jakub | February 25, 2024

Statue of Motörhead frontman Lemmy to be erected in his Staffordshire hometown

Plans to erect a statue of Motörhead frontman Lemmy in the town where he was born have been approved by Stoke-on-Trent City Council.

The 2.2 metre statue will be erected in the market place of Burslem, the town where Lemmy – real name Ian Fraser Kilmister – was born before his family moved to Newcastle-under-Lyme. The majority of the singer’s childhood was spent in Wales before founding Motörhead in 1975.

The statue is estimated to cost about £50,000 and a fundraising campaign has been launched to raise the necessary funds. Once the project has obtained funding, the statue will be made from Staffordshire clay by local sculptor Andy Edwards, the same artist who created the world-famous Beatles statue on Liverpool’s waterfront.

There had been concern from police that the statue would attract “good-natured but potentially incident generating attention”, but Edwards agreed to increase the height of the plinth from 2.5m to 3m to get around this.

Lemmy (aka Ian Fraiser Kilmister) of Motorhead during Fields of Rock Festival 2007 in the Netherlands – June 17, 2007 in Biddinghuizen, Netherlands. (Photo by Greetsia Tent/WireImage)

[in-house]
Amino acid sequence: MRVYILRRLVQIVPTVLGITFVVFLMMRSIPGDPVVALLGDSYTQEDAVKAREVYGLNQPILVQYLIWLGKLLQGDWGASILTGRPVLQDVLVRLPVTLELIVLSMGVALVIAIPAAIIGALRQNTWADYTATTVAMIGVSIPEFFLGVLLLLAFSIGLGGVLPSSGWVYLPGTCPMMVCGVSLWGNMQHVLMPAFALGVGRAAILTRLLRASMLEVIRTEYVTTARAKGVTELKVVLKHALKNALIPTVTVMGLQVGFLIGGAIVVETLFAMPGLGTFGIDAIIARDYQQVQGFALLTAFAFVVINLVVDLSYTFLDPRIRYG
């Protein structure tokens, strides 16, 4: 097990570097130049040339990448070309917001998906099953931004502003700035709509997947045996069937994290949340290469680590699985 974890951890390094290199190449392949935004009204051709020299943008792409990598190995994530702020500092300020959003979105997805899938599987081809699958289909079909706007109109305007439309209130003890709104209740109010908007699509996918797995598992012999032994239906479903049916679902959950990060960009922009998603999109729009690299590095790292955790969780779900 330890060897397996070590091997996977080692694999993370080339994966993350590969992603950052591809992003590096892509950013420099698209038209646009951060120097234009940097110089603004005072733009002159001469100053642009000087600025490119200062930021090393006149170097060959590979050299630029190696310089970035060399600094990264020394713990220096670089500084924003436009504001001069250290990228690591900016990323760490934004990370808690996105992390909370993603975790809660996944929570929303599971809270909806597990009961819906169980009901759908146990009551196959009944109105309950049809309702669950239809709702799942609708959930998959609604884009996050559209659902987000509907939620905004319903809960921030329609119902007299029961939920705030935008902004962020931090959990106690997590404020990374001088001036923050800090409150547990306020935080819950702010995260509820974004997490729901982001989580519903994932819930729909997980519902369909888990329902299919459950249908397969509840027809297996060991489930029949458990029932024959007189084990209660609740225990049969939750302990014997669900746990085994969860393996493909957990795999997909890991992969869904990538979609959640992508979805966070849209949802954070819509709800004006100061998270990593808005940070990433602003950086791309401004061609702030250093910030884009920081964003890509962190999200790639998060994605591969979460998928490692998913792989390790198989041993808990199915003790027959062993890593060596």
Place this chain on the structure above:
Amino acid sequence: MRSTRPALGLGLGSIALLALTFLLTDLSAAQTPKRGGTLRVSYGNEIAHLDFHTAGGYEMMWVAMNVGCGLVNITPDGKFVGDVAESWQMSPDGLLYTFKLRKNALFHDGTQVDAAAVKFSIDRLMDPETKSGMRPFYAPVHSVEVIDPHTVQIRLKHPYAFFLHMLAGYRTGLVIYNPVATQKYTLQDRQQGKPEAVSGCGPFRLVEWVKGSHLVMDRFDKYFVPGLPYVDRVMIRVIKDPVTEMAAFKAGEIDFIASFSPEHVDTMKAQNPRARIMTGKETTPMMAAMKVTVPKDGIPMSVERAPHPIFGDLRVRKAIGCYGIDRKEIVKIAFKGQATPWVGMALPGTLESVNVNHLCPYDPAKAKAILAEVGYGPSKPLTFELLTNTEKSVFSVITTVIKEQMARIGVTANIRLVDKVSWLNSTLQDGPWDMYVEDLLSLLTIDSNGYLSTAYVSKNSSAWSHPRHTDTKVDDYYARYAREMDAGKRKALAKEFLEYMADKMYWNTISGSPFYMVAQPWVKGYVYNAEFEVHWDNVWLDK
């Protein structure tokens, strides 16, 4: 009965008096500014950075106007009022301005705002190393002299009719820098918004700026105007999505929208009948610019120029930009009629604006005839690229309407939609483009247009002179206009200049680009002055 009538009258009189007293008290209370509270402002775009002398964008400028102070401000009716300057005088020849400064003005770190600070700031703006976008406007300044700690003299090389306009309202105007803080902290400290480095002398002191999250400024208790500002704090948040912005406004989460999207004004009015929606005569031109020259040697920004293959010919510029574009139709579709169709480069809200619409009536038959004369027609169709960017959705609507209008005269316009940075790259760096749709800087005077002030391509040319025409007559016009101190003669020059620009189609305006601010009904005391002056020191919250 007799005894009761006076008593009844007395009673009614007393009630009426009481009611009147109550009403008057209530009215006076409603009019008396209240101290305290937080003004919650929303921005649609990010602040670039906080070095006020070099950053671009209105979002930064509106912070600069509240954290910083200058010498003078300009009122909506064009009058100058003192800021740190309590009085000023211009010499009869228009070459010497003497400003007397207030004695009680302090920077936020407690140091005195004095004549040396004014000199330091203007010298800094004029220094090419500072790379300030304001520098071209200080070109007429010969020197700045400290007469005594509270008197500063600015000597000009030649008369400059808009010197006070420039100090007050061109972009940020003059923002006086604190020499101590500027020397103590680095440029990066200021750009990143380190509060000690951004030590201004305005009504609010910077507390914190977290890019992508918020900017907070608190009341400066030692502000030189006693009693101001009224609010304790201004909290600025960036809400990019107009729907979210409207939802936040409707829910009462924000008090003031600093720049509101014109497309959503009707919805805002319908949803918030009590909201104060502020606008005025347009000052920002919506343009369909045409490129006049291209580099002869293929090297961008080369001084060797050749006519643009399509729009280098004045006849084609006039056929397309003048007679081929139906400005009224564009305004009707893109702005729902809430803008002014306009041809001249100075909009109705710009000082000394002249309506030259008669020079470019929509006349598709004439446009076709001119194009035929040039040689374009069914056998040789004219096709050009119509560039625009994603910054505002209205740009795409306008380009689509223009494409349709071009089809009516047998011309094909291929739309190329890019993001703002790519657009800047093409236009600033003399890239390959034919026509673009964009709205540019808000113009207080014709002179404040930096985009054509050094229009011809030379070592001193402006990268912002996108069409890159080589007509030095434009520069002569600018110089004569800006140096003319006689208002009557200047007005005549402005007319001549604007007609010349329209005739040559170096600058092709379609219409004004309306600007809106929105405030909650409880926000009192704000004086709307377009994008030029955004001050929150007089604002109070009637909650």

This won’t be the only statue of Lemmy to exist. In 2016, a year after the singer and bassist passed away from prostate cancer aged 70, a statue of him was erected at the Rainbow Bar and Grill in Los Angeles.

There is also a statue of him at Germany’s Wacken Open Air festival. Survivng Motörhead members Mikkey Dee and  Phill Campbell enshrined Lemmy’s ashes earlier this year at a bar named after the frontman in the village of Wacken in Germany after scattering some of the ashes in the mud there.

In other news, Dee doubled down on his previous assertion that the band will never reform with a new singer.

Speaking to Chaoszine, Dee clarified that the band will not replace their late singer, though they are open to tributes to Lemmy. “I said, ‘We will never, ever get back together and replace Lemmy. That’s impossible,’” Dee said, reiterating that he never ruled out ever performing the band’s songs again.


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